We've pointed out many, many, many times that catcalling is sexist, unnecessary and just plain gross. But apparently for some men, the only way to fully comprehend how unnerving and/or threatening and/or straight-up violent street harassment can be is to watch women they care about be affected by it.
In a follow-up to a video of dads watching their daughters get catcalled, digital video storytelling network the Scene published this week a clip of young men watching footage of their mothers being harassed, ostensibly to illustrate to the boys why it's never OK to shout inanities at strange women just because they're wearing high heels (or clothes of any variety).
"It's ridiculous," says Tyson, one of the young men in the video. "When someone catcalls my mom, I just feel angry and weird — just, so much anger."
There's one problem: While it's all fine and good (and necessary) to teach boys and men not to harass women in any context, illustrating the ills of catcalling by appealing to men's most selfish impulses reinforces the empathy gender gap. Men shouldn't only be able to come to understand the harsh reality of being female by seeing how it affects those close to them personally. They also need to understand that women are people too, not just mothers, sisters, daughters or wives.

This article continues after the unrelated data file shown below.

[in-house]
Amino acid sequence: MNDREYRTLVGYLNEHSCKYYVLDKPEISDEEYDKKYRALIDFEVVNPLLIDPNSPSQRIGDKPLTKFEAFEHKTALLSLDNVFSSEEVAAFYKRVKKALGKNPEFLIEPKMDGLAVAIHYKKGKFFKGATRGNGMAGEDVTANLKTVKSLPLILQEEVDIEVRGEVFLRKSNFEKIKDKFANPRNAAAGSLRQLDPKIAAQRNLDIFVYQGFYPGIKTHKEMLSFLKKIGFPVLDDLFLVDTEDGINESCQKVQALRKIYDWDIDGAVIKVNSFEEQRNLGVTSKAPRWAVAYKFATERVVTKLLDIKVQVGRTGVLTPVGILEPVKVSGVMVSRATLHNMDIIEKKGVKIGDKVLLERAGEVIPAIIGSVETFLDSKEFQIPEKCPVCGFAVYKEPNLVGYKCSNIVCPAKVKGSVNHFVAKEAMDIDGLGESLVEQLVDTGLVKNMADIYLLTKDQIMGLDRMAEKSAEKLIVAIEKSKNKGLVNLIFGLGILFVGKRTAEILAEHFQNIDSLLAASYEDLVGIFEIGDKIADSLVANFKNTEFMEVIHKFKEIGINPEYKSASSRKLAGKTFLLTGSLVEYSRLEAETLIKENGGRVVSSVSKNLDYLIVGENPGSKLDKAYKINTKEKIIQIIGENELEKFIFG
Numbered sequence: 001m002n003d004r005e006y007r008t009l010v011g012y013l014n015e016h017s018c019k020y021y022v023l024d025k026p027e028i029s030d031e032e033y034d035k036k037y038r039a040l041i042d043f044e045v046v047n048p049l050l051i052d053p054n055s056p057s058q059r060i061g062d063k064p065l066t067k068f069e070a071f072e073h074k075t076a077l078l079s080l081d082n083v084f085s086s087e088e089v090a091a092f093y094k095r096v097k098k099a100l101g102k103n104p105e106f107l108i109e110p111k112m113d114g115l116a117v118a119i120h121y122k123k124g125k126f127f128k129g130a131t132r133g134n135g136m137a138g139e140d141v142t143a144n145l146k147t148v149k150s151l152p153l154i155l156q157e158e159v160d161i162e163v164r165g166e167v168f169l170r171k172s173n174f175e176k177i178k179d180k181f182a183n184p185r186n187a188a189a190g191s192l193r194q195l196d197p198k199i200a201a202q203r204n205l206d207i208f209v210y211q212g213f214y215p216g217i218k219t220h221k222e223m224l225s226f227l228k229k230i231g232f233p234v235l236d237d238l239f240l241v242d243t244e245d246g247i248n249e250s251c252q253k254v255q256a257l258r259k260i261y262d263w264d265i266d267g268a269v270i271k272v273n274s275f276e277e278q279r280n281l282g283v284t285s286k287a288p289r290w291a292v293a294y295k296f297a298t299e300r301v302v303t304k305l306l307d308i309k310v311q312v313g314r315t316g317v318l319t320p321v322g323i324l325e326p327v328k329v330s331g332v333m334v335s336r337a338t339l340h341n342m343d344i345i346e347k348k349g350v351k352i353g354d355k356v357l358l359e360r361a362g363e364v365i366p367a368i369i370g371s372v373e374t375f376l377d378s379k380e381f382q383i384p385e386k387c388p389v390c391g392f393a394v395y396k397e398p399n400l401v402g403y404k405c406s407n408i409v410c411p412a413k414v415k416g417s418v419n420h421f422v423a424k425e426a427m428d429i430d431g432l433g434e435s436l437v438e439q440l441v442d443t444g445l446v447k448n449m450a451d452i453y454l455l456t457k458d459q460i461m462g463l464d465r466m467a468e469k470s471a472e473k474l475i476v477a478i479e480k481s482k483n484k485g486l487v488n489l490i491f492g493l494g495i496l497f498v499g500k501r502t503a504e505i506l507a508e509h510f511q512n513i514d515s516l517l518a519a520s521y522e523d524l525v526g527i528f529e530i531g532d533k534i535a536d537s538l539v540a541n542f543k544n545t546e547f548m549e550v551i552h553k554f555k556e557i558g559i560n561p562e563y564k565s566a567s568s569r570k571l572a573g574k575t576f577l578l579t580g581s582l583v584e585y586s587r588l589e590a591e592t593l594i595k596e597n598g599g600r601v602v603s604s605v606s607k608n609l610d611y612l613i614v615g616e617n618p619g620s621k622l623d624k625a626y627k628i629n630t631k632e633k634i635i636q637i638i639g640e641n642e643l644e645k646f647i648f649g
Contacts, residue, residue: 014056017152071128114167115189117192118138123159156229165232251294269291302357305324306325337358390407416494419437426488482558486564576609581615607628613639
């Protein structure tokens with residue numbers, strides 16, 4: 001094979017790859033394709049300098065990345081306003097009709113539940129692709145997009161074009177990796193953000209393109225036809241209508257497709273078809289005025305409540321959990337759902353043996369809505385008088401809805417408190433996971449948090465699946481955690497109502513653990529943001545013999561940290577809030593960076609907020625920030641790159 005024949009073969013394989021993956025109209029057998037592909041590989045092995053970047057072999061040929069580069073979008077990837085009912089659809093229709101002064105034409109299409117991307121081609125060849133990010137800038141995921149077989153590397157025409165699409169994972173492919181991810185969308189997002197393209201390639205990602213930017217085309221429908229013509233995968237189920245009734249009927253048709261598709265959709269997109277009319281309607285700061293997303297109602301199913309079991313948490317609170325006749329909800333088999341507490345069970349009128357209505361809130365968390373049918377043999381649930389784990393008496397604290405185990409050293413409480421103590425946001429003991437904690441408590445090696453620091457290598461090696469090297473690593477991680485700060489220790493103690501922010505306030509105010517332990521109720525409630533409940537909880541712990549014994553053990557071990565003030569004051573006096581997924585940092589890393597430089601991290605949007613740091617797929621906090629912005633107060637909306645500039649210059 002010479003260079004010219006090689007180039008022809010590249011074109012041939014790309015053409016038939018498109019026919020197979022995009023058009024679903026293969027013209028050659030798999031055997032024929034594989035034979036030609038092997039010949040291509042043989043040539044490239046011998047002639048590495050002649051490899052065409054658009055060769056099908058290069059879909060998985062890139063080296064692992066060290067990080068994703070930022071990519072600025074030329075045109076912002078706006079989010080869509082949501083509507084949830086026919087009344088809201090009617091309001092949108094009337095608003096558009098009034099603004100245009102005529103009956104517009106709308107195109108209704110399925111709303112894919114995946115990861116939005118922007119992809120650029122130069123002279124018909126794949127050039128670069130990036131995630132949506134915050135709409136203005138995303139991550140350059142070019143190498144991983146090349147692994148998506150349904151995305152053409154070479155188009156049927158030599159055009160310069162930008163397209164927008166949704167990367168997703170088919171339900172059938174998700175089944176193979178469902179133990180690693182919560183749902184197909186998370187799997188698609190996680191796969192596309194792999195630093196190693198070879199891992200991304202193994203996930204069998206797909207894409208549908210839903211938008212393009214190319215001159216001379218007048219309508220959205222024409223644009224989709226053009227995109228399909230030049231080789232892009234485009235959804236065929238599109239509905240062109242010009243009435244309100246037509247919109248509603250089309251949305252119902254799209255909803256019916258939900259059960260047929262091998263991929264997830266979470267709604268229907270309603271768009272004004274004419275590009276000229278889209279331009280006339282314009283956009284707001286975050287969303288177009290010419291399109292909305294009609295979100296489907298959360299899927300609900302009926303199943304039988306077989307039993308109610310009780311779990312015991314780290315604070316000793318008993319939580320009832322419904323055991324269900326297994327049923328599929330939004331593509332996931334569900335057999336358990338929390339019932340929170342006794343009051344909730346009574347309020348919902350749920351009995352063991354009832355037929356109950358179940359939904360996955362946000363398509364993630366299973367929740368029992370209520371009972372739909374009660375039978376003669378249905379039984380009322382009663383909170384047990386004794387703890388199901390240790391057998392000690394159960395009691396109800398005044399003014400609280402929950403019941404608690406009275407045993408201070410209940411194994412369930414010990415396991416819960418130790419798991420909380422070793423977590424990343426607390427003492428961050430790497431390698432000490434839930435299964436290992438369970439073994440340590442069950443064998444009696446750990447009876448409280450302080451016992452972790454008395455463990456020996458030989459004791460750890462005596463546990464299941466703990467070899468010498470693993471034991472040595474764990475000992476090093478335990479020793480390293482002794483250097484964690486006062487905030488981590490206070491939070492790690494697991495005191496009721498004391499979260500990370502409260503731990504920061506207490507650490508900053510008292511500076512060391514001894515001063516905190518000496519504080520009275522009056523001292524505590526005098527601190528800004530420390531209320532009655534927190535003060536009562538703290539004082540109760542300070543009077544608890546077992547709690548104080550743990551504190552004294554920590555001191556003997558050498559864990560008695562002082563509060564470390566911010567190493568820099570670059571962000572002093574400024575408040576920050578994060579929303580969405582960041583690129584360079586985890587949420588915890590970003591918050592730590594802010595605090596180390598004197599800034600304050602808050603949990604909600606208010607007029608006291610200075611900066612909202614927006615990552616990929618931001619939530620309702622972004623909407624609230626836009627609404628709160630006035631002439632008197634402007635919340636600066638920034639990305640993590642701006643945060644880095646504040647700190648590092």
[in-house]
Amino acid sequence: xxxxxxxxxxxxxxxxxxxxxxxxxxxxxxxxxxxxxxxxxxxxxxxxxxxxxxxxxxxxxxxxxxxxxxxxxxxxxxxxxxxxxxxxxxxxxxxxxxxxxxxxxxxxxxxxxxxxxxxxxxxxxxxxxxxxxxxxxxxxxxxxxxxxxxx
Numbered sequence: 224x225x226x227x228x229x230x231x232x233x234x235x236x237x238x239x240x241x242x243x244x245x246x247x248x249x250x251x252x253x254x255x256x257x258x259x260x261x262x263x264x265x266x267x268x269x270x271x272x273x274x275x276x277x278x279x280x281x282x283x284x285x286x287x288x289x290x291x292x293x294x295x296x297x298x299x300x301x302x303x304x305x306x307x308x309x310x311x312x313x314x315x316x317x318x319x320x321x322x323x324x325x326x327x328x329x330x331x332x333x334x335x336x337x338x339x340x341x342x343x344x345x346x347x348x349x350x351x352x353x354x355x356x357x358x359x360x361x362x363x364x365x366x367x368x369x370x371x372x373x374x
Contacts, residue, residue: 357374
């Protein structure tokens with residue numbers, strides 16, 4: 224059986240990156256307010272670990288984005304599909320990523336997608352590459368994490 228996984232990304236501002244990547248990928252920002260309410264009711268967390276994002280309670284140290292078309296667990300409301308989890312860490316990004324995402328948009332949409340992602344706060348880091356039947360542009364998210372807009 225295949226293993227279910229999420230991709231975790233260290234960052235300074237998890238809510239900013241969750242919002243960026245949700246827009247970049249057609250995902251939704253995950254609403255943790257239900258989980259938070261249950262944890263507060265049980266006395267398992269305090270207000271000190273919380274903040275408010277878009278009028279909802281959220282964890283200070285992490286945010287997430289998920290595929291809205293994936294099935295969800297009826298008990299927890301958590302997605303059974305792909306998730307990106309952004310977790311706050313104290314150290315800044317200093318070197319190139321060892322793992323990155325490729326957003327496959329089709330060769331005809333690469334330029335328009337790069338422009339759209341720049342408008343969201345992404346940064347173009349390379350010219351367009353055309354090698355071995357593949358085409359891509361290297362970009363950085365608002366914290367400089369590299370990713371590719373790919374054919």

"Boys shouldn't be taught that only women to whom they are genetically bound are worthy of being treated as human beings because, in part, that implies those who are not family are subhuman and therefore deserving of their own victimization," Stassa Edwards wrote for Ms. in 2013.
Men need to see that women no matter how young or old, no matter if they have children or not, are often targeted for harassment without cause. But those women shouldn't have to be family for them to understand that it's a problem.